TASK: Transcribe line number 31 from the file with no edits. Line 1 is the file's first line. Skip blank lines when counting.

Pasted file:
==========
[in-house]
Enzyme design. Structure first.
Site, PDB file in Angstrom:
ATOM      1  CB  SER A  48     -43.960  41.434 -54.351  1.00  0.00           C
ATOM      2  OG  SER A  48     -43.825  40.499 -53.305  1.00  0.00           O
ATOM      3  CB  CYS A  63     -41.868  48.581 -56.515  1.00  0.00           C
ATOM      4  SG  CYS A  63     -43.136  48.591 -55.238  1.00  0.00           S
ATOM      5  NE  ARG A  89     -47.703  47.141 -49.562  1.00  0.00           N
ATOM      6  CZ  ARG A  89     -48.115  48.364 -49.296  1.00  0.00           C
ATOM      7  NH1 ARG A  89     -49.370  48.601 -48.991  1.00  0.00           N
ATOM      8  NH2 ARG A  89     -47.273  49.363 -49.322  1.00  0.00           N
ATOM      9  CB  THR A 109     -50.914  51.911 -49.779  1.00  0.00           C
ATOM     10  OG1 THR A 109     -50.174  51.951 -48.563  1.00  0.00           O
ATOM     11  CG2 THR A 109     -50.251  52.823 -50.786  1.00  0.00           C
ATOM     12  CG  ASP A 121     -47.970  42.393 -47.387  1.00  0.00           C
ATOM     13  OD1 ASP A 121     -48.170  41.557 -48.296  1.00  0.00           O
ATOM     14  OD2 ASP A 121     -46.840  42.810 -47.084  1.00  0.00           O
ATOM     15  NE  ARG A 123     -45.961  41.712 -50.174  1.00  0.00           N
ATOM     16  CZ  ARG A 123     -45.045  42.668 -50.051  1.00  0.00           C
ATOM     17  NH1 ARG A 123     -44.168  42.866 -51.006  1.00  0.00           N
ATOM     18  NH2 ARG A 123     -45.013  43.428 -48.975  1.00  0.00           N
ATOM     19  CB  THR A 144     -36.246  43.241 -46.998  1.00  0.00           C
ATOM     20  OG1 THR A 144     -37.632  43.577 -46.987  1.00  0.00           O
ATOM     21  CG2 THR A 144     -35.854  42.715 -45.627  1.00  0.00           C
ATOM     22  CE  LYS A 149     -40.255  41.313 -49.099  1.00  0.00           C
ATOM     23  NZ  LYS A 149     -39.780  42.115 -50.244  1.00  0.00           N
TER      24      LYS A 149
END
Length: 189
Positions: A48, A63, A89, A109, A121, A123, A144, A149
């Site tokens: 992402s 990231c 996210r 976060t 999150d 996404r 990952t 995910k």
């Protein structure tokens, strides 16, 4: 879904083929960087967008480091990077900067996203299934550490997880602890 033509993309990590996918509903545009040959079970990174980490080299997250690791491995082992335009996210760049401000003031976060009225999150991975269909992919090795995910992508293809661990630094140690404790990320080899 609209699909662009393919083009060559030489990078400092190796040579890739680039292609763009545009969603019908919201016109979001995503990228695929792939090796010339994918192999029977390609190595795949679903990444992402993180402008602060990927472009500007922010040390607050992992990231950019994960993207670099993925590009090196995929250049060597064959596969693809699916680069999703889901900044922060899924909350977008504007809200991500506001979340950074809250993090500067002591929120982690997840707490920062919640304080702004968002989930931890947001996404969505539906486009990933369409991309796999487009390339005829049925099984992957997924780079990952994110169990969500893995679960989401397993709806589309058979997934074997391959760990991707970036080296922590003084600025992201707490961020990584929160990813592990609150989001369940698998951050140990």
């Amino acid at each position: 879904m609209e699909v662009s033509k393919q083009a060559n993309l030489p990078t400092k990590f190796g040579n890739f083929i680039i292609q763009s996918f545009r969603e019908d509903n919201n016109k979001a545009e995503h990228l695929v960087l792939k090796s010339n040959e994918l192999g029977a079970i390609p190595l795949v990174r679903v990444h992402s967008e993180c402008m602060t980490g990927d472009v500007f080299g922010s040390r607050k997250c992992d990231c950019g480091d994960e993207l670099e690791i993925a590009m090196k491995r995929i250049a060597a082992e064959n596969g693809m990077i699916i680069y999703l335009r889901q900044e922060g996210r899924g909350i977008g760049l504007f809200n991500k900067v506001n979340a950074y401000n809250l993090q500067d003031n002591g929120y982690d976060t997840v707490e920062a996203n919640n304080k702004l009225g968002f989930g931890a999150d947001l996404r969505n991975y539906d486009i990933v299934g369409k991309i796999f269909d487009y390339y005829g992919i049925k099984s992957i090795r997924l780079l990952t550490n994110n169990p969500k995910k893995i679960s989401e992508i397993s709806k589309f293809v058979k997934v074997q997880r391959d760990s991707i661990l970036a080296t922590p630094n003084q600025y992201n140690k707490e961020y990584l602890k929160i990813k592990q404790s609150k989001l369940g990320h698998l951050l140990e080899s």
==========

């Site tokens: 992402s 990231c 996210r 976060t 999150d 996404r 990952t 995910k």